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By Charles Lam
“Crane said that one cannot be a true progressive without embracing pension reform because of the harm pension liabilities are causing to the programs progressives claim to value,” Greenhut says.
So has national media coverage of the pension and pay scandals increased Greenhut’s hope for reform?
“The situation remains dire but not hopeless,” he says. “My biggest financial fear is that politicians will embrace just enough minor reform to claim victory, and then go on to business as usual without really fixing the long-standing pension debt or the imbalance in benefit levels between the public and private sector. However, I remain pessimistic about the prospects for more transparency and accountability and for a rethinking of the power that public officials exert over the populace. That debate is only just beginning.”
It’s a debate the folks at TheLiberalOC, recently named top local political blog at the OC Press Club, are eager to join in opposition. The battle is sure to remain intense because the blog’s Chris Prevatt (who is also a county union official) isn’t willing to concede that government pensions is a topic for public debate. He even says that specific retiree benefits—like the ones causing so much outrage—should be secret, and he has blasted inquisitive reporters.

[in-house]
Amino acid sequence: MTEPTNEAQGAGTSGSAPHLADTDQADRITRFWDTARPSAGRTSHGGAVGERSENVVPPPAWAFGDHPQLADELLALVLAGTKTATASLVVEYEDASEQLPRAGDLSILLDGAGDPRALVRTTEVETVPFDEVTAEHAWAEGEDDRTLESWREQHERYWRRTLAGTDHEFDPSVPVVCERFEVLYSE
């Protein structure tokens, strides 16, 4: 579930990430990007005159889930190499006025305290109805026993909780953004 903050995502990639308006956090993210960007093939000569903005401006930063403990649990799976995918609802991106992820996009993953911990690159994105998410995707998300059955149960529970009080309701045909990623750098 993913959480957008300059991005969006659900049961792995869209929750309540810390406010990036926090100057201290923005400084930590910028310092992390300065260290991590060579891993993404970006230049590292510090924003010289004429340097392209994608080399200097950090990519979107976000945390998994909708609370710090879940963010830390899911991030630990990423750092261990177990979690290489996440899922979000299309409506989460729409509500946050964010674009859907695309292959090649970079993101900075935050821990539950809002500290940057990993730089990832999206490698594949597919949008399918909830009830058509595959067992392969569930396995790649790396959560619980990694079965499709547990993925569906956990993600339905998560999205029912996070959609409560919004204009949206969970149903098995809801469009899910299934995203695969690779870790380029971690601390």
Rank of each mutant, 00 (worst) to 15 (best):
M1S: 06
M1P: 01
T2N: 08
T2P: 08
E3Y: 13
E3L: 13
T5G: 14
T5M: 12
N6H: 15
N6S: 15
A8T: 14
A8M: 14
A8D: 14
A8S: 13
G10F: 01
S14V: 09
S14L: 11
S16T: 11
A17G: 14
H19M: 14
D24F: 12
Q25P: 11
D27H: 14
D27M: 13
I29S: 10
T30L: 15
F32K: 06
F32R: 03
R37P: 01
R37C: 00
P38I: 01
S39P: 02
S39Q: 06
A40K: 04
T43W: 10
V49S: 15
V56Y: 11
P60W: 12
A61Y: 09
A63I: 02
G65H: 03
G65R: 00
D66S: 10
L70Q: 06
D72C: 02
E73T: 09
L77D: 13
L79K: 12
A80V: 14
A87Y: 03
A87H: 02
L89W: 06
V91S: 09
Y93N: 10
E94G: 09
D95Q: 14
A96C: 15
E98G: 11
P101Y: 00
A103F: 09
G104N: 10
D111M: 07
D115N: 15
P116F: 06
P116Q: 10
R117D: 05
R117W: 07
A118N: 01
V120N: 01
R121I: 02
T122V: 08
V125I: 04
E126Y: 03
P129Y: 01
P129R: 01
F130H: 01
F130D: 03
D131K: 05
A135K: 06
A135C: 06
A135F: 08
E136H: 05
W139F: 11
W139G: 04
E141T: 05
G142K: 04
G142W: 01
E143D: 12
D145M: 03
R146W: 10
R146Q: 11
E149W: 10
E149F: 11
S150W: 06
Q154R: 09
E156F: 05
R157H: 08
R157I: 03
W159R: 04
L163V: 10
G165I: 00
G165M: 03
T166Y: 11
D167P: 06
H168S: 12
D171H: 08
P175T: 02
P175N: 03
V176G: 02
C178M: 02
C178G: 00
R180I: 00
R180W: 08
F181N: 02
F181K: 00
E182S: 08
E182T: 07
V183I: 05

“It is not the job of individual taxpayers to evaluate the performance of public employees,” says Prevatt, a 2004 delegate to the Democratic National Convention. “That is between the employee and their manager.”
“How arrogant to want to further shut down public records,” responds Greenhut, who can’t hide his contempt that union leaders want “a shield from accountability.”
From his view, “Taxpayers have every right and duty to be concerned. Actually, Prevatt’s ‘It’s none of your business; we know best’ attitude epitomizes the core thesis of my book. The public servants have become the public’s masters. It’s time for the public to remind the government-employee class that it is supposed to work for us.”
This column appeared in print as "Death and Taxes . . . and Now Huge Government Pensions? While the public wasn’t listening to Steven Greenhut, the certainties of life changed."